CLEARWATER — Ever want to tell one of the higher ups what you think about their salary? At Tech Data, now you can.
The company's shareholders approved a measure that lets them weigh in on executive pay, the company announced at its annual meeting Wednesday. Similar "say on pay" resolutions have come up at corporations nationwide, and allow shareholders to voice an advisory opinion on the pay of top executives.
"The door has always been open. This just puts a little more formality about the opportunity to communicate about it," said Robert M. Dutkowsky, chief executive officer of Tech Data Corp.
"Say on pay" measures have been pushed by more than 75 investors with over $1-trillion in assets under management at more than 90 companies, according to Walden Asset Management, a Boston firm. Walden manages about $2-billion and promotes socially responsible investing, and is a proponent of "say on pay."
"We think the advisory vote would really give us an opportunity to provide a check and a balance on executive pay," said Timothy Smith, senior vice president of Walden Asset Management. Although "say on pay" is nonbinding, a negative vote signals shareholder discontent with the direction of the company, Smith said.
Smith said that 2008 "say on pay" measures have won 40 percent of the vote or more. At least eight won majority support, including at Apple Computer, Lexmark and Motorola. Other companies saw similar measures passed last year, including Verizon and Blockbuster. United Health votes today, and Wal-Mart investors vote Friday.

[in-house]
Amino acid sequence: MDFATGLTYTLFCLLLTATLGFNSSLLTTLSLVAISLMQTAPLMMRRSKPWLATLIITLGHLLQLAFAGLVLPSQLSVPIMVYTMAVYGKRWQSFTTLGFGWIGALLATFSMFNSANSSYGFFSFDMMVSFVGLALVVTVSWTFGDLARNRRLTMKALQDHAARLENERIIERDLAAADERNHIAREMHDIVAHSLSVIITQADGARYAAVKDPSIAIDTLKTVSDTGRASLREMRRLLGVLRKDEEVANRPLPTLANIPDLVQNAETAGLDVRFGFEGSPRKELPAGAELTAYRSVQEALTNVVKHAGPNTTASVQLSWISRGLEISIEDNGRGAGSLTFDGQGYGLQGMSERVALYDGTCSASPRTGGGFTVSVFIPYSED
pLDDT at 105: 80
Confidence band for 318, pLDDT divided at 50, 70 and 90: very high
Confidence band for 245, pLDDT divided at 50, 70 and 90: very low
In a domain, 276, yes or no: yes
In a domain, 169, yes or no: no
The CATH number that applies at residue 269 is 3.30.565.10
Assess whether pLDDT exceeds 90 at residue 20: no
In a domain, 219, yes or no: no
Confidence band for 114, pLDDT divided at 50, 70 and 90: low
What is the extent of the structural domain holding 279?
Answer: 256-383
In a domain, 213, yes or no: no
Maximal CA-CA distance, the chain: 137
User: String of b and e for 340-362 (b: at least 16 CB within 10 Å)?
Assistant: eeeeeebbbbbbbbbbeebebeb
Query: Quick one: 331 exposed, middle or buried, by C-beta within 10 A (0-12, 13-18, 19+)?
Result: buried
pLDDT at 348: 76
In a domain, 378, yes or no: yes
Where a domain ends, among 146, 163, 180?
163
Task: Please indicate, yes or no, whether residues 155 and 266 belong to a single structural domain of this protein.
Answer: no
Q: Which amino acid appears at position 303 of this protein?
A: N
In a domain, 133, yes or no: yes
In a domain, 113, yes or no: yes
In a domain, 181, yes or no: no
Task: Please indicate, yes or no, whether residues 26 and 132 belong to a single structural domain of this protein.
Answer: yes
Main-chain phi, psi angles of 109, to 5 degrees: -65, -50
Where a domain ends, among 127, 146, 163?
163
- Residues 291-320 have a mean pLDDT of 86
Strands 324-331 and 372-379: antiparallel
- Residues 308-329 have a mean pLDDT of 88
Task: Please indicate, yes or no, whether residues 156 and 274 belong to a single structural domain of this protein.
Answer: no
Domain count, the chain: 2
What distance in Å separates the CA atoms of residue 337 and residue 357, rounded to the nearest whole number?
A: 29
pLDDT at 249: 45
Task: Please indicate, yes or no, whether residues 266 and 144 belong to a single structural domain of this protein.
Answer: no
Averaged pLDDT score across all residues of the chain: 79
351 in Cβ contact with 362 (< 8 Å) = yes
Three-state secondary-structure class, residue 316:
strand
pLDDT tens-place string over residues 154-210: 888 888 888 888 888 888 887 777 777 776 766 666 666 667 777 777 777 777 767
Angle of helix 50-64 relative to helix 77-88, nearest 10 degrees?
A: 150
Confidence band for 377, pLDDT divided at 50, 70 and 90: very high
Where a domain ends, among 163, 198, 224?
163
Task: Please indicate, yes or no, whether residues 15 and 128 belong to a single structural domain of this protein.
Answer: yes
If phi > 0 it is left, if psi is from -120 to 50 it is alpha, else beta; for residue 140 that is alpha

At Tech Data, the move was pushed by CalPERS, the nation's largest public pension fund and a Tech Data investor.
Dutkowsky's salary more than tripled from 2007 to 2008, to $916,154. He also earned a bonus of $1.59-million, nearly three times his 2007 bonus. His 2007 compensation reflects only four months of work.
With stock awards and options, his compensation for 2008 was about $4.1-million, up from $1.49-million in 2007. The Clearwater company has more than 8,000 employees worldwide and revenue of $23.4-billion last year.
It's an issue that touches a chord with investors and the public, Dutkowsky said. "Compensation is emotional."
"Yes, it's a very emotional issue, and there's a lot of attention paid to it," Smith agreed. "But the big investors like CalPERS are probably voting much more dispassionately."
Asjylyn Loder can be reached at email@example.com or (813) 225-3117.